Recovery after limb lengthening surgery with an internal lengthening device goes best when you know what to expect. The surgery is a big commitment, and it takes most kids a few months to get back to full activity. With support and help, your child can get the best results.
Why Is Limb Lengthening Surgery With an Internal Lengthening Device Done?
The surgery is done when someone has a leg length discrepancy. This means that one leg is shorter than the other.
What Is an Internal Lengthening Device?
An internal lengthening device is an expandable rod that's placed inside a bone. There is a magnetic gear system inside the rod. A handheld remote controller goes on top of the skin and uses another magnet to slowly lengthen the internal device.
What Happens During Limb Lengthening Surgery?
The surgery to place the device is done by an surgeon. It's done in several steps:
Your child will get general anesthesia to sleep through the surgery without feeling any pain.
The surgeon makes an incision (cut) through the skin and inserts the lengthening device into the bone.
Another incision is made so the bone can be cut. This is called an osteotomy. New bone growth will happen between the two bone ends.
The lengthening device is inserted further into the bone.
The surgeon puts screws in to keep the lengthening device in place.
Using the remote controller, the surgeon makes sure that the magnet motor is working properly.
The incisions are closed with stitches.
How Should We Prepare for Limb Lengthening Surgery?
Making plans before the surgery will help you be prepared when your child comes home from the hospital. Some things to consider:
Plan for your child to be in the hospital for about 1–2 days after surgery. While your child is in the hospital, you'll learn about home care. You will also learn how to use the remote control for the limb lengthening device.
For the first few weeks, your child will need help getting dressed, going to the bathroom, and bathing.
Your child will need help doing stretching and strengthening exercises. These are a very important part of healing. You, or another trusted adult, will need to be there to help your child.
Arrange for your child to be home from school for about 6 weeks. Talk to the school staff so that work can continue while your child is at home. The school might may be able to provide a home tutor.
Plan who will take your child to the follow-up visits with the surgery team and to physical therapy.
Not being able to put weight on one leg for months can be stressful for your child and for you. Using crutches or a walker gets tiring. If you can, arrange for another trusted adult to stay with your child so you can get a little time for yourself. And arrange for your child to visit with friends or go for safe outings with a trusted adult, maybe using a wheelchair.
What Happens After Limb Lengthening Surgery?
Your child needs your help after surgery. They should not put any weight on the newly lengthened limb for several months. Following the orthopedic care team's instructions will help your child get the best result.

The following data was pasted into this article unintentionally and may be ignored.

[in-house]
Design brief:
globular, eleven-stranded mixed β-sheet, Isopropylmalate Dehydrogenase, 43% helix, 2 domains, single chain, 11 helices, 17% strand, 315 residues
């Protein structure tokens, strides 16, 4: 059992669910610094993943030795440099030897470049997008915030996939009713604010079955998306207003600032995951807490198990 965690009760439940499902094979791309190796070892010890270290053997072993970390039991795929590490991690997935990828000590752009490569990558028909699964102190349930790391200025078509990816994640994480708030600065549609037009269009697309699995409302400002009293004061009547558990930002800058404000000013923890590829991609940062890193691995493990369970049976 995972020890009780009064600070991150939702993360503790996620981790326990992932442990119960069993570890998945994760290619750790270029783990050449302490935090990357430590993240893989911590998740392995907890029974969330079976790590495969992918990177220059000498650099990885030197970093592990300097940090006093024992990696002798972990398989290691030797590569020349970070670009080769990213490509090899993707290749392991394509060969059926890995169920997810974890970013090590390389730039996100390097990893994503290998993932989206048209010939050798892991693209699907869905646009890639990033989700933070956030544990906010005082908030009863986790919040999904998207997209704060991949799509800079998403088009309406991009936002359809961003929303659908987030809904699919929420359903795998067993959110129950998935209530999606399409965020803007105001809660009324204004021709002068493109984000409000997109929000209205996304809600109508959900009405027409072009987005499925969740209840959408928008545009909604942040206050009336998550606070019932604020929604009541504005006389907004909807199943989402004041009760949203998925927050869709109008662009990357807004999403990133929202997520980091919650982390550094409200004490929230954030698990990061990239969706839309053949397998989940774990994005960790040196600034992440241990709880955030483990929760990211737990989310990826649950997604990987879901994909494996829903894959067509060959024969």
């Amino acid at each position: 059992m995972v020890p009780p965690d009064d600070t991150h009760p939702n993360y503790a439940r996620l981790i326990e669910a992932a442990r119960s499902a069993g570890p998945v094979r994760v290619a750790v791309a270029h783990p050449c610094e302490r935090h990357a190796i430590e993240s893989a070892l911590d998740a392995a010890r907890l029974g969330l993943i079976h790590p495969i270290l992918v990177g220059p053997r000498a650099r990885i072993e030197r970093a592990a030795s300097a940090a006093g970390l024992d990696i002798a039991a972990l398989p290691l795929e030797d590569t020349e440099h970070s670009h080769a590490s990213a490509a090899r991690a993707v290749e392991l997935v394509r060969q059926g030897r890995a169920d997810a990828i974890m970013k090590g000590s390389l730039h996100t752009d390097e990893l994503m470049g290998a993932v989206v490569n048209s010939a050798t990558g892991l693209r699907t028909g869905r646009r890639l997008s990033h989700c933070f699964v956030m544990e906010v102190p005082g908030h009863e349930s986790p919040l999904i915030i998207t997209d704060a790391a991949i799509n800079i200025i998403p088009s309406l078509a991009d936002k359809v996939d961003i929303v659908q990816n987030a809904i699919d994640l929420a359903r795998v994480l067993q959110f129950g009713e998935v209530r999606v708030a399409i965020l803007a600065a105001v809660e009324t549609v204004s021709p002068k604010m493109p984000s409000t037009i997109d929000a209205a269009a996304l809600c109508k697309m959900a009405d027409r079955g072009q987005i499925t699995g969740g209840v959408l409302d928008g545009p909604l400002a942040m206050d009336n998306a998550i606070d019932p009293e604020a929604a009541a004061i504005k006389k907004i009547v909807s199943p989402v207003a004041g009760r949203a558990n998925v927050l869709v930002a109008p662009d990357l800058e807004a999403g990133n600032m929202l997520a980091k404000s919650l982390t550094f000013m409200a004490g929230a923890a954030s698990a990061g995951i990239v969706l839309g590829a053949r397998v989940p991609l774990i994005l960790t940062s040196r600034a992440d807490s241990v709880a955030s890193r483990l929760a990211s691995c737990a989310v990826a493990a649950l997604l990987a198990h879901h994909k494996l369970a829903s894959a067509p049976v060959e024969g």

For about 6–8 weeks after surgery, you will need to:
Help your child use crutches, walker, or wheelchair to get around as instructed by your care team. Your child should not put any weight on the leg with the internal lengthening device during this time.
Use the remote controller as directed by the surgeon, usually about three times a day. It's programmed specifically for your child.
Take your child to physical therapy and possibly aquatic therapy (physical therapy in a pool). This usually happens multiple times per week.
Help your child with stretching and strengthening exercises daily.
Give your child medicine for pain and muscle spasms. Your child will have pain from the surgery and may have pain during the exercises and stretches. The pain medicine will include opioid medicines. Opioids are very good at treating pain, but they can be dangerous if not given as directed. They also can lead to addiction. It's important to safely give opioid pain medicine.
Help your child get the nutrition needed to grow new bone and recover from surgery. They should eat a balanced diet that includes 3–4 servings of dairy and plenty of fruits and vegetables every day. Your care team also may recommend vitamin supplements.
Go for follow-up visits with the surgery team about every week. They'll do X-rays at each visit to check your child's progress.
The time it takes to reach the desired limb length varies, but it's usually within a few months after surgery. When lengthening is complete, you will stop using the remote controller. The lengthening device stays in place to support the growing bone.
Be sure to:
Follow the orthopedic care team's instructions about when it is OK for your child to put weight on the newly lengthened limb.
Continue to take your child to physical therapy and do home stretching and strengthening exercises.
Take your child to follow-up visits with the surgery team about every 4 weeks. X-rays are done at every visit to see how the bone is healing.
Gradually, as the new bone gets stronger, your child will be able to do more and more. Most kids get back to their usual activities about 6–9 months after the rod was placed.
The implant is removed 1–2 years after surgery. Your child can go home from the hospital the same day that it's taken out.
What Else Should I Know?
To get the best result, your child will need your help in the months after surgery. Keep a positive attitude that lets your child know that you can do it together. After the process is complete, most families say that the surgery was well worth the effort.
If you or your child are feeling very stressed or overwhelmed, be sure to talk to a psychologist or the social worker on your care team.